A Fairmont pushes past them, shatters
our front porch.
It’s the last night my father will tuck me in.
Red and blue lights shadow play
beasts on my bedroom walls. Outside
my father and a voice I don’t recognize
half-heartedly aside about the slob’s nose.
The voice and beasts leave
my father estimating the cost
Most of the time, they’re successful, knotted
on road salt and exhaust,
wearing litter like a badge
awarded for halting cars. My father planted them
when the stop sign moved. They’re scarred.
Hate everything, except
young weeds sheltered
deep in their sharp branches
Nasty things—I always thought.
Grandma grows strawberries
full of mischief
trying to escape her garden.
Gooseberries with little beards
on their bottoms.
Currants you can pick and floss the red beads off.
Out front, the junipers grow jealous,
dangle berries like candy on a Christmas tree
to hide needles more malicious than thorns.
My father tells me to leave those,
who would bother?
The currants are ripe again.
A truck grabbed by junipers unsettles the afternoon.
Eric, twenty-three years old,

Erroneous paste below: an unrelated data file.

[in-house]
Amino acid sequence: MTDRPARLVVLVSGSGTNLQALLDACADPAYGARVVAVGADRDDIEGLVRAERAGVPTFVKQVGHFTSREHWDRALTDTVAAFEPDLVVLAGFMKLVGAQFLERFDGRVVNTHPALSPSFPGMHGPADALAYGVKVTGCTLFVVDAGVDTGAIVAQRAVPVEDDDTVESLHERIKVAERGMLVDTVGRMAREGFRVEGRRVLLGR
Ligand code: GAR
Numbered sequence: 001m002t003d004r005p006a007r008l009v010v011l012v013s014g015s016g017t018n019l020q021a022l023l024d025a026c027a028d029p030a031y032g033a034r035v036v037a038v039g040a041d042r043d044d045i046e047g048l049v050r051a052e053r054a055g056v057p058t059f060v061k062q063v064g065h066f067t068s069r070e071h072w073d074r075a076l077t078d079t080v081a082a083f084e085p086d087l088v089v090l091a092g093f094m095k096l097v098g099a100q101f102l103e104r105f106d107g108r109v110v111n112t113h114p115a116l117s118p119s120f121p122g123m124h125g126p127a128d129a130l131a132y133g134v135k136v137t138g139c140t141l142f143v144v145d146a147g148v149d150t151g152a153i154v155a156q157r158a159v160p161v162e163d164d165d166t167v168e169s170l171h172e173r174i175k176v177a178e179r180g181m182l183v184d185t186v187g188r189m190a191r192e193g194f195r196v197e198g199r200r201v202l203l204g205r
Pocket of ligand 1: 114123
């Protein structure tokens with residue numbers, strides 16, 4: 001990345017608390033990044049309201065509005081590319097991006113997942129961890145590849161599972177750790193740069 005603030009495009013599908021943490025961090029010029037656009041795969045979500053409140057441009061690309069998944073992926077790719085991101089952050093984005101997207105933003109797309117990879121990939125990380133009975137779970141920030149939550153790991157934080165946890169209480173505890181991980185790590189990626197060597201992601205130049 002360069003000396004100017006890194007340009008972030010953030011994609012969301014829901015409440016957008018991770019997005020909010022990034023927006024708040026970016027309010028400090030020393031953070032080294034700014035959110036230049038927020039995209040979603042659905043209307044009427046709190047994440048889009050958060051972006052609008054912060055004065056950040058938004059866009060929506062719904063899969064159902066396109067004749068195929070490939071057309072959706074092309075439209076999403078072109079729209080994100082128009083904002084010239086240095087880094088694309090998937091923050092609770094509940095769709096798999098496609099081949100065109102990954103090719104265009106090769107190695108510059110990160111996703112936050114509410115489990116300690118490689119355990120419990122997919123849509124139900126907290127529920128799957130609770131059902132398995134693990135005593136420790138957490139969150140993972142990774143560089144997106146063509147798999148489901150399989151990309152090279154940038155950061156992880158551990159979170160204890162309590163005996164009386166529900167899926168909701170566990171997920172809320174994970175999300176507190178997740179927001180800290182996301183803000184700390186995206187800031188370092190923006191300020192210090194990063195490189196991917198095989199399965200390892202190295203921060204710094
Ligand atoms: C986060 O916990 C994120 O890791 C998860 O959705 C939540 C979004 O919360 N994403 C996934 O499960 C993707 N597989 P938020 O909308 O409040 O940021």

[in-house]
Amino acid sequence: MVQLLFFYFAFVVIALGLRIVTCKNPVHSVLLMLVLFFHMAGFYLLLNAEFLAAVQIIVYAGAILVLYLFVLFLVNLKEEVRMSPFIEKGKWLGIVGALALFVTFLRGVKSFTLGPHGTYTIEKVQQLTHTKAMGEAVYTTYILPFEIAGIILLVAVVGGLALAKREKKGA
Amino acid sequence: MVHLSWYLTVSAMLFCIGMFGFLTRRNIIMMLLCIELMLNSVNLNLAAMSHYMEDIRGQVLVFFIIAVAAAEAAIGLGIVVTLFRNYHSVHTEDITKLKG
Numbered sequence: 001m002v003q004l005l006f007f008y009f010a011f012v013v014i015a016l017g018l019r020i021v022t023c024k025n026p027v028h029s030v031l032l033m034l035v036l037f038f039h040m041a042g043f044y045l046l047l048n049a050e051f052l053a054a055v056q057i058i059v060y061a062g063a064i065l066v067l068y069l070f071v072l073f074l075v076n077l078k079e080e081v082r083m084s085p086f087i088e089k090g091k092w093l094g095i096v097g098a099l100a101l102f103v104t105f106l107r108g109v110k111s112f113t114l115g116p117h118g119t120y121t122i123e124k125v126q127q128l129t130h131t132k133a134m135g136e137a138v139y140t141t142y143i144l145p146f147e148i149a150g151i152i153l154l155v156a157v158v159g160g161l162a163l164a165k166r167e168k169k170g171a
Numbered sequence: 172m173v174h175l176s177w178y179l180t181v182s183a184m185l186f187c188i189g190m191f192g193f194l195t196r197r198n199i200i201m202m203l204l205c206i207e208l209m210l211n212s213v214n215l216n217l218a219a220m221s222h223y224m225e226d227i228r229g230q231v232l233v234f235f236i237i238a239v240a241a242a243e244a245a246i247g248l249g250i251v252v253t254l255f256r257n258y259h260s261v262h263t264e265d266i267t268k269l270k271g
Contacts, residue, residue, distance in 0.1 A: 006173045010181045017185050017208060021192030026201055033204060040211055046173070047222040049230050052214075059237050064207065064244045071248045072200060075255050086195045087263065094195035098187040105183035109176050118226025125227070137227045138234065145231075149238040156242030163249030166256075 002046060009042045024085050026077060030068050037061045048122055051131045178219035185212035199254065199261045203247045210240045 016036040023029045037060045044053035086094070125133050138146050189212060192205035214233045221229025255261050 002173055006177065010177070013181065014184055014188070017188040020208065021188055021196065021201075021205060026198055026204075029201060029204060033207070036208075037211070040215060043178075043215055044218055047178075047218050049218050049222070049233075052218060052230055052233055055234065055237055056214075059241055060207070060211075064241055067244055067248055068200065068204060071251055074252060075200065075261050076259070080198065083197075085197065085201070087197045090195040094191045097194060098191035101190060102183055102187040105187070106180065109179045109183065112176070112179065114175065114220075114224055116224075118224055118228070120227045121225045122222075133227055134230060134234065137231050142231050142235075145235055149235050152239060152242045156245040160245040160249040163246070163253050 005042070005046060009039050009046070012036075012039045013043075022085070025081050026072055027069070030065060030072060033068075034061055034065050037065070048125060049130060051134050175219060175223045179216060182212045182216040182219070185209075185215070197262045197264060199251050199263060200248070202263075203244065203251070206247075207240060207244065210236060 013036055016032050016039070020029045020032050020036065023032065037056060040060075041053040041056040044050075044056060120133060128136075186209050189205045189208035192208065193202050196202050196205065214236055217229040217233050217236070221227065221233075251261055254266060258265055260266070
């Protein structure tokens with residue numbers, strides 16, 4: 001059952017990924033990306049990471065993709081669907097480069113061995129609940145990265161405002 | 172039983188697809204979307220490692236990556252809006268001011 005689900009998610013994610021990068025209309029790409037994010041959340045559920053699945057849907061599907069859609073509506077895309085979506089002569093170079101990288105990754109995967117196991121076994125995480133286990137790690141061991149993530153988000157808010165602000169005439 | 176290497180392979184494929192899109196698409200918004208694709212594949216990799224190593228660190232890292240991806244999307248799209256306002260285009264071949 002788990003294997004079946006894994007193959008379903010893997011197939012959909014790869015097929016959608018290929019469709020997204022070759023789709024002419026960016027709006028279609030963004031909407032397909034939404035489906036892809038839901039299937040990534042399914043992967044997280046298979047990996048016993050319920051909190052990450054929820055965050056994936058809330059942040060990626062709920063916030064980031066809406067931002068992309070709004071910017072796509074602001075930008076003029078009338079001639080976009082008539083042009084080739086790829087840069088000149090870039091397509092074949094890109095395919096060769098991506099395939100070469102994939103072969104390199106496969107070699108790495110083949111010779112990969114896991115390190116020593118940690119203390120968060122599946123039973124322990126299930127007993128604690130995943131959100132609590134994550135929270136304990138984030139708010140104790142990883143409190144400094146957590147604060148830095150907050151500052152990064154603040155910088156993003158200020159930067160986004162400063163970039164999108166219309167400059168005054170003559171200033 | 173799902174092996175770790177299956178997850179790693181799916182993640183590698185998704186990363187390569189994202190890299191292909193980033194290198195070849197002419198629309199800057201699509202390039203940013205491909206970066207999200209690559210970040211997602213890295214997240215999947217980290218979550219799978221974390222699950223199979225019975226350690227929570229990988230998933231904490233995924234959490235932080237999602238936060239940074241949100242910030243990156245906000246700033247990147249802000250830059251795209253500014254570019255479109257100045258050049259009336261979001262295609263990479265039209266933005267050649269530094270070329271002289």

once stole my paper route money,
has wrapped his pick-up in junipers.
He called me tit-boy,
pick-up splashed me
throwing beer bottles in the yard.
Eric, sobs now, as cops come,
pukes gin in junipers
I swear they love it.
My father and I remove the junipers
the morning I
leave for college—Mom
decided to sell. The new owners want red boulders.
He feeds branches to a mulcher.
We watch cars
pass too fast and stir
broken branches before trying
to pull the last stump.
The roots, wire fists, grasp
the earth, until my father says
his hands, old, twisted
brush stray chips off his shirt.
The cars won’t be stopped so softly soon, I think
driving to the airport. My father
asks about trivial things I may have forgotten.
We don’t hug at the gate—we never did.
I spend the flight picking
needles out of my hands.